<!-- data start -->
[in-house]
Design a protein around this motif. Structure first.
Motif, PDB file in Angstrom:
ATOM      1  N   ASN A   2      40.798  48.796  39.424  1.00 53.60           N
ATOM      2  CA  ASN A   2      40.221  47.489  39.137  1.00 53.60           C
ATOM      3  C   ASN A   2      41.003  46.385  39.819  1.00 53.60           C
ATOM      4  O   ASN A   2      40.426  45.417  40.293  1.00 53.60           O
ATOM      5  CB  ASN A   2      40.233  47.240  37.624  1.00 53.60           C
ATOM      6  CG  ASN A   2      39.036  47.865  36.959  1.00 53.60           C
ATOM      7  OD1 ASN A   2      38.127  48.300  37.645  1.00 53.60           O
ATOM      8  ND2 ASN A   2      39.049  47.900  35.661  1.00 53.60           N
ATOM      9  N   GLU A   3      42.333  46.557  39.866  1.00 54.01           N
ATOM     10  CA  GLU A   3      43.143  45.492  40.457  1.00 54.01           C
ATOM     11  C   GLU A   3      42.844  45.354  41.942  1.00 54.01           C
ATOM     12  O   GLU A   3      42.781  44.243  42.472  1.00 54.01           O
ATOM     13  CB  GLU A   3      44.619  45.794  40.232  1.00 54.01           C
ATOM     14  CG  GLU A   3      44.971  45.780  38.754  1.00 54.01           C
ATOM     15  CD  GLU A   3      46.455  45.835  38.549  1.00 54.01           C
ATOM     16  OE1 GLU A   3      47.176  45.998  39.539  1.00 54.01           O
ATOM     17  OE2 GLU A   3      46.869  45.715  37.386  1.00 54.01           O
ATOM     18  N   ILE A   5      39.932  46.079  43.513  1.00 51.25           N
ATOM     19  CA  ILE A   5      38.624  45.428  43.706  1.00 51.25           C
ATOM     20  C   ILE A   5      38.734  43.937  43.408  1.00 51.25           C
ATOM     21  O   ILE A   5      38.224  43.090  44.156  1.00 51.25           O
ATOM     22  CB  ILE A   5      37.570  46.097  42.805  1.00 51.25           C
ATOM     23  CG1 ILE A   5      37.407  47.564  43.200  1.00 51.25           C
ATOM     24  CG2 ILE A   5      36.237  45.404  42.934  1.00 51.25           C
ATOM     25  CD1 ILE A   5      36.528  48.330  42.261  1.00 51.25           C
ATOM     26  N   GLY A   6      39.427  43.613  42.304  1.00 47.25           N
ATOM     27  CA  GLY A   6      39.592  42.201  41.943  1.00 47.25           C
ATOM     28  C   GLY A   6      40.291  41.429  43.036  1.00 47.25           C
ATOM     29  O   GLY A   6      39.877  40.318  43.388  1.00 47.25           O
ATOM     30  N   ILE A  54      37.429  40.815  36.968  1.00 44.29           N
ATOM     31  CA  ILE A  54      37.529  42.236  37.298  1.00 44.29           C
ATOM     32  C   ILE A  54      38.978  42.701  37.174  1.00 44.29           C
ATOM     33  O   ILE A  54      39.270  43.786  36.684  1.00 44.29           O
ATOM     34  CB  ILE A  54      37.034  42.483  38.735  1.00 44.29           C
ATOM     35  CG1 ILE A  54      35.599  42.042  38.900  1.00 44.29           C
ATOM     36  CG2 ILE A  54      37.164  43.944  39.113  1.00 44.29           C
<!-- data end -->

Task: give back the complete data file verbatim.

[in-house]
Design a protein around this motif. Structure first.
Motif, PDB file in Angstrom:
ATOM      1  N   ASN A   2      40.798  48.796  39.424  1.00 53.60           N
ATOM      2  CA  ASN A   2      40.221  47.489  39.137  1.00 53.60           C
ATOM      3  C   ASN A   2      41.003  46.385  39.819  1.00 53.60           C
ATOM      4  O   ASN A   2      40.426  45.417  40.293  1.00 53.60           O
ATOM      5  CB  ASN A   2      40.233  47.240  37.624  1.00 53.60           C
ATOM      6  CG  ASN A   2      39.036  47.865  36.959  1.00 53.60           C
ATOM      7  OD1 ASN A   2      38.127  48.300  37.645  1.00 53.60           O
ATOM      8  ND2 ASN A   2      39.049  47.900  35.661  1.00 53.60           N
ATOM      9  N   GLU A   3      42.333  46.557  39.866  1.00 54.01           N
ATOM     10  CA  GLU A   3      43.143  45.492  40.457  1.00 54.01           C
ATOM     11  C   GLU A   3      42.844  45.354  41.942  1.00 54.01           C
ATOM     12  O   GLU A   3      42.781  44.243  42.472  1.00 54.01           O
ATOM     13  CB  GLU A   3      44.619  45.794  40.232  1.00 54.01           C
ATOM     14  CG  GLU A   3      44.971  45.780  38.754  1.00 54.01           C
ATOM     15  CD  GLU A   3      46.455  45.835  38.549  1.00 54.01           C
ATOM     16  OE1 GLU A   3      47.176  45.998  39.539  1.00 54.01           O
ATOM     17  OE2 GLU A   3      46.869  45.715  37.386  1.00 54.01           O
ATOM     18  N   ILE A   5      39.932  46.079  43.513  1.00 51.25           N
ATOM     19  CA  ILE A   5      38.624  45.428  43.706  1.00 51.25           C
ATOM     20  C   ILE A   5      38.734  43.937  43.408  1.00 51.25           C
ATOM     21  O   ILE A   5      38.224  43.090  44.156  1.00 51.25           O
ATOM     22  CB  ILE A   5      37.570  46.097  42.805  1.00 51.25           C
ATOM     23  CG1 ILE A   5      37.407  47.564  43.200  1.00 51.25           C
ATOM     24  CG2 ILE A   5      36.237  45.404  42.934  1.00 51.25           C
ATOM     25  CD1 ILE A   5      36.528  48.330  42.261  1.00 51.25           C
ATOM     26  N   GLY A   6      39.427  43.613  42.304  1.00 47.25           N
ATOM     27  CA  GLY A   6      39.592  42.201  41.943  1.00 47.25           C
ATOM     28  C   GLY A   6      40.291  41.429  43.036  1.00 47.25           C
ATOM     29  O   GLY A   6      39.877  40.318  43.388  1.00 47.25           O
ATOM     30  N   ILE A  54      37.429  40.815  36.968  1.00 44.29           N
ATOM     31  CA  ILE A  54      37.529  42.236  37.298  1.00 44.29           C
ATOM     32  C   ILE A  54      38.978  42.701  37.174  1.00 44.29           C
ATOM     33  O   ILE A  54      39.270  43.786  36.684  1.00 44.29           O
ATOM     34  CB  ILE A  54      37.034  42.483  38.735  1.00 44.29           C
ATOM     35  CG1 ILE A  54      35.599  42.042  38.900  1.00 44.29           C
ATOM     36  CG2 ILE A  54      37.164  43.944  39.113  1.00 44.29           C